Will Catholic Bishops Reconsider a Failing Strategy on Religious Liberty?
A select group of Catholic bishops meeting in Washington this week may be ready to consider a wiser approach to framing religious liberty arguments. Stephanie Simon of Reuters has the story.
Facing small but clear signs of discontent within their own ranks, U.S. Catholic bishops may be poised to rethink their aggressive tactics for fighting a federal mandate that health insurance plans cover contraception, according to sources close to influential bishops. There are no indications that the bishops will drop their fight against the federal mandate. But dozens of bishops, meeting this week in Washington, are likely to discuss concerns that their battle against the Obama administration over birth control risks being viewed by the public as narrow and partisan and thus diminishes the church’s moral authority, the sources said.
One sign of a coming recalibration: A sweeping statement on religious liberty, now circulating in draft form, that aims to broaden the bishops’ focus far beyond the contraception mandate.
The draft statement, slated to be released soon to a burst of publicity, condemns an array of local, state and federal policies as violations of religious freedom, said Martin Nussbaum, a private attorney who has consulted with the bishops. The draft cites, for instance, a Republican-backed law in Alabama that makes it a crime to harbor, transport or rent property to illegal immigrants. The bishops have joined liberals in opposing that law, arguing that would make it a crime to minister to people in need.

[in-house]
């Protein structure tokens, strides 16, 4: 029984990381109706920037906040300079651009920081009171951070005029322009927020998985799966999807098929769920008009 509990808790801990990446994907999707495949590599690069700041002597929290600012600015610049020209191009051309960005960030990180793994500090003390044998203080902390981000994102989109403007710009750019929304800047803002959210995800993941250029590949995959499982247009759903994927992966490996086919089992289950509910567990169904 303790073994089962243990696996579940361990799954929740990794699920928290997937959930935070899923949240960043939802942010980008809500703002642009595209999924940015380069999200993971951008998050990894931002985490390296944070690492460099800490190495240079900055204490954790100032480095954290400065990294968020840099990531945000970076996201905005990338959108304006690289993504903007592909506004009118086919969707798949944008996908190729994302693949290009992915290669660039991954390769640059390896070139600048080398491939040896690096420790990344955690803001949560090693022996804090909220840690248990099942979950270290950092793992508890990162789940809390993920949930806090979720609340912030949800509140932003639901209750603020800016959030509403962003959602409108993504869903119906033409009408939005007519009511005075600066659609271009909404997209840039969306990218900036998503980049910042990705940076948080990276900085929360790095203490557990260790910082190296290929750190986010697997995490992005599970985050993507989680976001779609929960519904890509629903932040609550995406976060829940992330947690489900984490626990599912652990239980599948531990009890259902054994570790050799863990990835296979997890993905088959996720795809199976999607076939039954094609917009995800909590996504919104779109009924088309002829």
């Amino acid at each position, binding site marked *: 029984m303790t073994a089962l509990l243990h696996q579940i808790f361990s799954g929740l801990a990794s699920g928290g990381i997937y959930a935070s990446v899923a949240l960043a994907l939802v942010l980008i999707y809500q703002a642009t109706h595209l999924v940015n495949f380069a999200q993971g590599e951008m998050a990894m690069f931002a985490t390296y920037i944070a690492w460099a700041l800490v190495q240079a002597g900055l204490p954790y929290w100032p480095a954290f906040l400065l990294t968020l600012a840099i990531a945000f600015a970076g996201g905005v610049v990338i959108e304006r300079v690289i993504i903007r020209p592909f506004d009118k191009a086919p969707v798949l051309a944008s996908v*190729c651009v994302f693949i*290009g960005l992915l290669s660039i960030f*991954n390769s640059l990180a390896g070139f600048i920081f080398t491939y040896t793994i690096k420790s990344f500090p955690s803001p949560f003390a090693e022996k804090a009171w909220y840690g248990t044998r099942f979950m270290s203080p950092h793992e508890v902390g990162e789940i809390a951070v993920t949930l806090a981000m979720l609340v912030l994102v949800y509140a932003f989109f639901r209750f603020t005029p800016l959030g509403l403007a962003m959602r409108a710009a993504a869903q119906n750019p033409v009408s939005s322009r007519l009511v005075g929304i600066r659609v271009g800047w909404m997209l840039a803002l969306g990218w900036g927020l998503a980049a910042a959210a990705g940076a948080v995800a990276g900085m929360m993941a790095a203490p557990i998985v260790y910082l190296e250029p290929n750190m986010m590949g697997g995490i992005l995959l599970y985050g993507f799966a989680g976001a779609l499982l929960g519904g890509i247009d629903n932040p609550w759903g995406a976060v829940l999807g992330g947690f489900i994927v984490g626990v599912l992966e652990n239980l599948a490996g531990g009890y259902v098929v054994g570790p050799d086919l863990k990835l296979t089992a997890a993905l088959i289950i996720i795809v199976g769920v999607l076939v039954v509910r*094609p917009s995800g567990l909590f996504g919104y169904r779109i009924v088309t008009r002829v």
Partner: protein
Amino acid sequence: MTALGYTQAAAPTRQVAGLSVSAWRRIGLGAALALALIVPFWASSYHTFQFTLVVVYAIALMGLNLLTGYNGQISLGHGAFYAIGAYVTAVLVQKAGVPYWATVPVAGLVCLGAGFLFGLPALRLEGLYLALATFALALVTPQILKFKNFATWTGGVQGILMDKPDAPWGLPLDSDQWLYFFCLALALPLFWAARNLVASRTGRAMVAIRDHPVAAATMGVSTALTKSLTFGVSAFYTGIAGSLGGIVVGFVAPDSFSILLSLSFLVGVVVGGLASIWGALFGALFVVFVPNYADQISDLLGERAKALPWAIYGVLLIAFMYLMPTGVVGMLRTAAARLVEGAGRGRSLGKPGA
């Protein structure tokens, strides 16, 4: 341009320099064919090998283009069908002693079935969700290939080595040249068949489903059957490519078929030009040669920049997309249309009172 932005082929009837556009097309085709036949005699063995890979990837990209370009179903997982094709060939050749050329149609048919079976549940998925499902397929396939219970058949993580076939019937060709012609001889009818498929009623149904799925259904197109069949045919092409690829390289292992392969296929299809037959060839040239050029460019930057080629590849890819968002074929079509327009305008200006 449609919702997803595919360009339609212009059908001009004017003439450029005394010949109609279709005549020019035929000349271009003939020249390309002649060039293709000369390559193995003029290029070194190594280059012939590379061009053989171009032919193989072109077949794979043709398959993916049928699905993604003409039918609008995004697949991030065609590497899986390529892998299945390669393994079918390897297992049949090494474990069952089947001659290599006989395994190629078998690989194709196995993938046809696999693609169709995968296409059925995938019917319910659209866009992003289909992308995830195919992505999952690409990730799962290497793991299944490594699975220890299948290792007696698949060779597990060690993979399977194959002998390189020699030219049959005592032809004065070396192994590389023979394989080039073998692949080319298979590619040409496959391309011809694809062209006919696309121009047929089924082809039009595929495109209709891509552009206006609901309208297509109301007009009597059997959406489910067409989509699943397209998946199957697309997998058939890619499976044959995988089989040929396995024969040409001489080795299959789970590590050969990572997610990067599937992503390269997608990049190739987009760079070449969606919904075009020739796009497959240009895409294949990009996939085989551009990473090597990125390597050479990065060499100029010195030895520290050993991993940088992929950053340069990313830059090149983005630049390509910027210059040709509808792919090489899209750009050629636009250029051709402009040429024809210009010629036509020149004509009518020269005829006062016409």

This is hopeful news. Catholic bishops find themselves increasingly isolated from leaders of Catholic hospitals and social service agencies that provide direct care. These Catholic institutions – including the influential Catholic Health Association – have signaled the administration’s religious accommodation on the contraception coverage mandate provides a workable solution.
Let’s hope the voices of moderate bishops like Bishop Blase Cupich are not drowned out by a vocal minority who often seem to prefer a fight with this administration. When bishops move the goal posts, find themselves aligned with GOP presidential candidates looking to score political points and fail to distinguish between Catholic moral principles and the prudent application of those principles to policy questions in a diverse society, their cause is deeply weakened.